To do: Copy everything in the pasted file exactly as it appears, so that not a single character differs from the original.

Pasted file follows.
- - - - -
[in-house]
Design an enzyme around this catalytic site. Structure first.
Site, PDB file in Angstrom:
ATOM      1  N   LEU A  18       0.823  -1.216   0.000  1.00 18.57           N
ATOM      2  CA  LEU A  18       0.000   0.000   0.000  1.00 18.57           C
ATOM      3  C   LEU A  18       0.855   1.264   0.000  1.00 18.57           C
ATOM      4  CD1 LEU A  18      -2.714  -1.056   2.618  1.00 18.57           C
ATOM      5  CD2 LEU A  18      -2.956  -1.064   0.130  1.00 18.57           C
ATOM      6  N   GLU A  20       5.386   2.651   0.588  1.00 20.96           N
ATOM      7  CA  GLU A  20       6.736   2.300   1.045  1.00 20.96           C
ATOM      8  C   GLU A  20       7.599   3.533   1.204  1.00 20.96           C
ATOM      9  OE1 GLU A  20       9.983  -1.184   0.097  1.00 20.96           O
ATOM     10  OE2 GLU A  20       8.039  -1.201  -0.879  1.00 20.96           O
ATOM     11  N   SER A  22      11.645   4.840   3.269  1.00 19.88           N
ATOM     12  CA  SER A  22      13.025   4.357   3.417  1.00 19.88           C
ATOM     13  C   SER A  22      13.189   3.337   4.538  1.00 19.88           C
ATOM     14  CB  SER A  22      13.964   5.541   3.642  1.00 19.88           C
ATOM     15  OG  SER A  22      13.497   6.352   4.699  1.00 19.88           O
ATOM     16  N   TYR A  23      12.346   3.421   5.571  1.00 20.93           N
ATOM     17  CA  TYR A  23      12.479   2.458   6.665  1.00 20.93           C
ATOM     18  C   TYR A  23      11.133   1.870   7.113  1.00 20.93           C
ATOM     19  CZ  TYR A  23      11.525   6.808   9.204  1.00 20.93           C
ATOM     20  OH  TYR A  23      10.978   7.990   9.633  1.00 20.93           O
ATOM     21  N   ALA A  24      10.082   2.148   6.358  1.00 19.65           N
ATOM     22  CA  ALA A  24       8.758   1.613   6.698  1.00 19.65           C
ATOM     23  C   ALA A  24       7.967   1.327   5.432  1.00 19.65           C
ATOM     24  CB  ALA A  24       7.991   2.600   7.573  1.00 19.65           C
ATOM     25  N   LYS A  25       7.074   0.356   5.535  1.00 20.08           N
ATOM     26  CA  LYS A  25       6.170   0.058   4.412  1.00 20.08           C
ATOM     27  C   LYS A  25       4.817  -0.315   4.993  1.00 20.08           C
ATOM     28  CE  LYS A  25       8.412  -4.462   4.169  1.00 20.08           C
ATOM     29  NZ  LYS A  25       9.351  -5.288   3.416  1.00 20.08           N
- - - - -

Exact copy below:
[in-house]
Design an enzyme around this catalytic site. Structure first.
Site, PDB file in Angstrom:
ATOM      1  N   LEU A  18       0.823  -1.216   0.000  1.00 18.57           N
ATOM      2  CA  LEU A  18       0.000   0.000   0.000  1.00 18.57           C
ATOM      3  C   LEU A  18       0.855   1.264   0.000  1.00 18.57           C
ATOM      4  CD1 LEU A  18      -2.714  -1.056   2.618  1.00 18.57           C
ATOM      5  CD2 LEU A  18      -2.956  -1.064   0.130  1.00 18.57           C
ATOM      6  N   GLU A  20       5.386   2.651   0.588  1.00 20.96           N
ATOM      7  CA  GLU A  20       6.736   2.300   1.045  1.00 20.96           C
ATOM      8  C   GLU A  20       7.599   3.533   1.204  1.00 20.96           C
ATOM      9  OE1 GLU A  20       9.983  -1.184   0.097  1.00 20.96           O
ATOM     10  OE2 GLU A  20       8.039  -1.201  -0.879  1.00 20.96           O
ATOM     11  N   SER A  22      11.645   4.840   3.269  1.00 19.88           N
ATOM     12  CA  SER A  22      13.025   4.357   3.417  1.00 19.88           C
ATOM     13  C   SER A  22      13.189   3.337   4.538  1.00 19.88           C
ATOM     14  CB  SER A  22      13.964   5.541   3.642  1.00 19.88           C
ATOM     15  OG  SER A  22      13.497   6.352   4.699  1.00 19.88           O
ATOM     16  N   TYR A  23      12.346   3.421   5.571  1.00 20.93           N
ATOM     17  CA  TYR A  23      12.479   2.458   6.665  1.00 20.93           C
ATOM     18  C   TYR A  23      11.133   1.870   7.113  1.00 20.93           C
ATOM     19  CZ  TYR A  23      11.525   6.808   9.204  1.00 20.93           C
ATOM     20  OH  TYR A  23      10.978   7.990   9.633  1.00 20.93           O
ATOM     21  N   ALA A  24      10.082   2.148   6.358  1.00 19.65           N
ATOM     22  CA  ALA A  24       8.758   1.613   6.698  1.00 19.65           C
ATOM     23  C   ALA A  24       7.967   1.327   5.432  1.00 19.65           C
ATOM     24  CB  ALA A  24       7.991   2.600   7.573  1.00 19.65           C
ATOM     25  N   LYS A  25       7.074   0.356   5.535  1.00 20.08           N
ATOM     26  CA  LYS A  25       6.170   0.058   4.412  1.00 20.08           C
ATOM     27  C   LYS A  25       4.817  -0.315   4.993  1.00 20.08           C
ATOM     28  CE  LYS A  25       8.412  -4.462   4.169  1.00 20.08           C
ATOM     29  NZ  LYS A  25       9.351  -5.288   3.416  1.00 20.08           N